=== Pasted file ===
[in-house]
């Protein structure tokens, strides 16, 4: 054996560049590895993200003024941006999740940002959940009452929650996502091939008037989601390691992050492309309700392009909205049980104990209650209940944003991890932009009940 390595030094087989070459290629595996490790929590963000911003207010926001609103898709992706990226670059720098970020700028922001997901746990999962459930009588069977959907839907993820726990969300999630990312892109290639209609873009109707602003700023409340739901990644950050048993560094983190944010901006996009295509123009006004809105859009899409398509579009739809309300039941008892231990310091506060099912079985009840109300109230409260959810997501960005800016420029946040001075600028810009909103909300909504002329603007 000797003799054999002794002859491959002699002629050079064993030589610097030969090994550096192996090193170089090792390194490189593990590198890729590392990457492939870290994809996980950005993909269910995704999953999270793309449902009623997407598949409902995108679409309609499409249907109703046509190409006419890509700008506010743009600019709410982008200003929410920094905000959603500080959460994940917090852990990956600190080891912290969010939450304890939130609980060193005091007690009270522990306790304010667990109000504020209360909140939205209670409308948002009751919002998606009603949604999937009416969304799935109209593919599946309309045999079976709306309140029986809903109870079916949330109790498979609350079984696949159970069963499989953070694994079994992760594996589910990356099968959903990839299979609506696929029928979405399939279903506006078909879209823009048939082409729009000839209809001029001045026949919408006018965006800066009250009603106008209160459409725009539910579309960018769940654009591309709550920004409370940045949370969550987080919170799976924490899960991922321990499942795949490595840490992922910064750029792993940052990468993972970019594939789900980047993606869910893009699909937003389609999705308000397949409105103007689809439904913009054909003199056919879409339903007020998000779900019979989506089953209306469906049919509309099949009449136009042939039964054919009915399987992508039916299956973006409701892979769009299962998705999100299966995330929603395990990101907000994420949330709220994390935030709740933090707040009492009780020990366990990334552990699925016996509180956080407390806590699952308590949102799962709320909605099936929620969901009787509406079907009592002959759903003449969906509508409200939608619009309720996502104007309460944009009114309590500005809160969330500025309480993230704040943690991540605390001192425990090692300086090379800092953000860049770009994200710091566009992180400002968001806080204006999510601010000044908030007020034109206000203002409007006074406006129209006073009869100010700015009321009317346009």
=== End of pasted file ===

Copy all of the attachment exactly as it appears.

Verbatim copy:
[in-house]
């Protein structure tokens, strides 16, 4: 054996560049590895993200003024941006999740940002959940009452929650996502091939008037989601390691992050492309309700392009909205049980104990209650209940944003991890932009009940 390595030094087989070459290629595996490790929590963000911003207010926001609103898709992706990226670059720098970020700028922001997901746990999962459930009588069977959907839907993820726990969300999630990312892109290639209609873009109707602003700023409340739901990644950050048993560094983190944010901006996009295509123009006004809105859009899409398509579009739809309300039941008892231990310091506060099912079985009840109300109230409260959810997501960005800016420029946040001075600028810009909103909300909504002329603007 000797003799054999002794002859491959002699002629050079064993030589610097030969090994550096192996090193170089090792390194490189593990590198890729590392990457492939870290994809996980950005993909269910995704999953999270793309449902009623997407598949409902995108679409309609499409249907109703046509190409006419890509700008506010743009600019709410982008200003929410920094905000959603500080959460994940917090852990990956600190080891912290969010939450304890939130609980060193005091007690009270522990306790304010667990109000504020209360909140939205209670409308948002009751919002998606009603949604999937009416969304799935109209593919599946309309045999079976709306309140029986809903109870079916949330109790498979609350079984696949159970069963499989953070694994079994992760594996589910990356099968959903990839299979609506696929029928979405399939279903506006078909879209823009048939082409729009000839209809001029001045026949919408006018965006800066009250009603106008209160459409725009539910579309960018769940654009591309709550920004409370940045949370969550987080919170799976924490899960991922321990499942795949490595840490992922910064750029792993940052990468993972970019594939789900980047993606869910893009699909937003389609999705308000397949409105103007689809439904913009054909003199056919879409339903007020998000779900019979989506089953209306469906049919509309099949009449136009042939039964054919009915399987992508039916299956973006409701892979769009299962998705999100299966995330929603395990990101907000994420949330709220994390935030709740933090707040009492009780020990366990990334552990699925016996509180956080407390806590699952308590949102799962709320909605099936929620969901009787509406079907009592002959759903003449969906509508409200939608619009309720996502104007309460944009009114309590500005809160969330500025309480993230704040943690991540605390001192425990090692300086090379800092953000860049770009994200710091566009992180400002968001806080204006999510601010000044908030007020034109206000203002409007006074406006129209006073009869100010700015009321009317346009």